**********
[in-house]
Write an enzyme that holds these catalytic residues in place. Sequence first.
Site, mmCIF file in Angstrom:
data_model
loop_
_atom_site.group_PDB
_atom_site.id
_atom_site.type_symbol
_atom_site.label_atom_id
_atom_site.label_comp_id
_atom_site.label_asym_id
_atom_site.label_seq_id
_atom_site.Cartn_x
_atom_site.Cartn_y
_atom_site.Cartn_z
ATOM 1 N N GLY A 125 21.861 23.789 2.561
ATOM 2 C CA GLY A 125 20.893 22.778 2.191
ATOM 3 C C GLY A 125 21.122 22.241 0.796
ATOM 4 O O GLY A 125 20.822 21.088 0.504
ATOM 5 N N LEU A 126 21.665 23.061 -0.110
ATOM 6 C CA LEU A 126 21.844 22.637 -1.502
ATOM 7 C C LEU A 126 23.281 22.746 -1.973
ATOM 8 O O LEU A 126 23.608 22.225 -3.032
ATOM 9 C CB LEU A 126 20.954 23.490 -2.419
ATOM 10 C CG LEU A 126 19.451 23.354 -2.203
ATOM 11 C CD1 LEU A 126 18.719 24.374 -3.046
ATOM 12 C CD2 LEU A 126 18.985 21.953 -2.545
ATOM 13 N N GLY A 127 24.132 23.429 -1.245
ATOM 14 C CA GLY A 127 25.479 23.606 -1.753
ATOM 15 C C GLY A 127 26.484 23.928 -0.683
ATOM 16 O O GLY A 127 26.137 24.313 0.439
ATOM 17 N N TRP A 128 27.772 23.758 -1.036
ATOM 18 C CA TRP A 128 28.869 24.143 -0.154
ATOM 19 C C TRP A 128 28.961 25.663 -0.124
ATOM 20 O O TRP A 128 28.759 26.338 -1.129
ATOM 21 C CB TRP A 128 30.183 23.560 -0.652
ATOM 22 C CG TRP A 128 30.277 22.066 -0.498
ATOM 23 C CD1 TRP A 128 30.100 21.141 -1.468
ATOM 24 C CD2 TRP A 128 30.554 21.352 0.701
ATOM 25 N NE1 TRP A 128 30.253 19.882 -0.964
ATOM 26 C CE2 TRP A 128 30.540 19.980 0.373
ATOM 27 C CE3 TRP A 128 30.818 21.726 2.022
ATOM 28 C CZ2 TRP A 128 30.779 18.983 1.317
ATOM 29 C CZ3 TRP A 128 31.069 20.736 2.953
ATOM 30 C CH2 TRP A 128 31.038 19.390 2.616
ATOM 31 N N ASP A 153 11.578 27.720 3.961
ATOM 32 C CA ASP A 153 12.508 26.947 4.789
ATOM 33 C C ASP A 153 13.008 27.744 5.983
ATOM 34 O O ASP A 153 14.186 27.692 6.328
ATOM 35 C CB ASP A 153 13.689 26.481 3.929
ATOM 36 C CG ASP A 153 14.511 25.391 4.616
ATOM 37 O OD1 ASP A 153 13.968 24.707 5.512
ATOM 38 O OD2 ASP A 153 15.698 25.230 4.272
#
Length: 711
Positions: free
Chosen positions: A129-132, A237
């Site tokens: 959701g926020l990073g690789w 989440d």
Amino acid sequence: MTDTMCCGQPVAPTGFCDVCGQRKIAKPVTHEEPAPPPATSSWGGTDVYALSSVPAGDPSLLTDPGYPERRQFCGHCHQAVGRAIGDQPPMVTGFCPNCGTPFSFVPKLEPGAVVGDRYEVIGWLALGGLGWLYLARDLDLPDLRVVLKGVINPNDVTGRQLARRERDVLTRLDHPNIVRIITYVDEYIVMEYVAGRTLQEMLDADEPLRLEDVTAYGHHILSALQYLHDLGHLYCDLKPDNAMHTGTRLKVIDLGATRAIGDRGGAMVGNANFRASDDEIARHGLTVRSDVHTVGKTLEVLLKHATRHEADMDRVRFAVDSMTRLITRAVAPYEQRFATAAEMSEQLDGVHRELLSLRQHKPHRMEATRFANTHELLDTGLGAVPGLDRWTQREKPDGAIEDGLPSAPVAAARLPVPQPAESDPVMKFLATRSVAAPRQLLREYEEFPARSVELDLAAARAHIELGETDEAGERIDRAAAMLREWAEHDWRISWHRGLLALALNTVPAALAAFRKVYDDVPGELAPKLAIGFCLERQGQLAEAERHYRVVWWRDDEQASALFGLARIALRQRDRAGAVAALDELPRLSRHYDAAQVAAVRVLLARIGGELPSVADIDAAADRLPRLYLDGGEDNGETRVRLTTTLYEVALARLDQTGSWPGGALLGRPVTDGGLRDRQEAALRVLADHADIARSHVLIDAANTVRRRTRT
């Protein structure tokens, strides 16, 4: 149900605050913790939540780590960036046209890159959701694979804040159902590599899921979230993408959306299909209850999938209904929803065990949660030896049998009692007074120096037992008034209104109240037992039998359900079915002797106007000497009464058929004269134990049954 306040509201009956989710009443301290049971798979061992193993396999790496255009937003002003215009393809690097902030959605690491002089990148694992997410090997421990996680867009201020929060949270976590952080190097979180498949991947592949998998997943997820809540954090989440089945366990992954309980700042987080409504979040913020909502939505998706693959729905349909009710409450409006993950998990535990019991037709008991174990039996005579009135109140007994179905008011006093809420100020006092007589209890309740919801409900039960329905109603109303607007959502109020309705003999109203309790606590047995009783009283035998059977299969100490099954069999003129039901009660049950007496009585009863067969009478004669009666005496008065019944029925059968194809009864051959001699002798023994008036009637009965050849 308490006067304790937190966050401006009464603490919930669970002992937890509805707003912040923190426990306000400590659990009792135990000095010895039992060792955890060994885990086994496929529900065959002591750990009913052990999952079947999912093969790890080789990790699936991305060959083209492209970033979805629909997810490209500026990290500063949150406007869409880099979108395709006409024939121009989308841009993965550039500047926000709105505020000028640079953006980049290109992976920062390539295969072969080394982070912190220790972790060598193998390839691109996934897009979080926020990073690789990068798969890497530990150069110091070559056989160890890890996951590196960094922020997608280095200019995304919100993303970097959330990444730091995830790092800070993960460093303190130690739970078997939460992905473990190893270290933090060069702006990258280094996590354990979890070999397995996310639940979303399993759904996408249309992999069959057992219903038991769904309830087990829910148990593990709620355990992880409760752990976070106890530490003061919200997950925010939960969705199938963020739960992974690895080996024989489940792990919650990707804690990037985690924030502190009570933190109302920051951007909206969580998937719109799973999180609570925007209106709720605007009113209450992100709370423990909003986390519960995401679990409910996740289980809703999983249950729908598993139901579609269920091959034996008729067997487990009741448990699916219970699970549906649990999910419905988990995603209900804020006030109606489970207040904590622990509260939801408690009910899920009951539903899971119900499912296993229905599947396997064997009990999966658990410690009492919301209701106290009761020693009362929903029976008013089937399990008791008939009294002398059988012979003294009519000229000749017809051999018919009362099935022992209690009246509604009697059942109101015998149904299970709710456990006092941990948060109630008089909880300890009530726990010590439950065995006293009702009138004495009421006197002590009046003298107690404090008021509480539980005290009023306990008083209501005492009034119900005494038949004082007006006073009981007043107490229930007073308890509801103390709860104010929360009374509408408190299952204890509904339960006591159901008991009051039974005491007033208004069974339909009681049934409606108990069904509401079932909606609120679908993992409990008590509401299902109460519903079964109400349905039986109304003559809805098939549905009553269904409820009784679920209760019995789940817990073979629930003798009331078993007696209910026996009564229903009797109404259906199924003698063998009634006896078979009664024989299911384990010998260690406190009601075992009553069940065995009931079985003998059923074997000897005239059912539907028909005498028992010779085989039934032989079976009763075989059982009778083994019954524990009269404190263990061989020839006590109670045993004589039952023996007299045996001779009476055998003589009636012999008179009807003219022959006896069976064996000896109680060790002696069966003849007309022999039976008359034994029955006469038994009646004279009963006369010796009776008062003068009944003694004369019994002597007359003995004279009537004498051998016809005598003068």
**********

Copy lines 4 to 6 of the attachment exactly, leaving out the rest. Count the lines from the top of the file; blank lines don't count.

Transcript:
data_model
loop_
_atom_site.group_PDB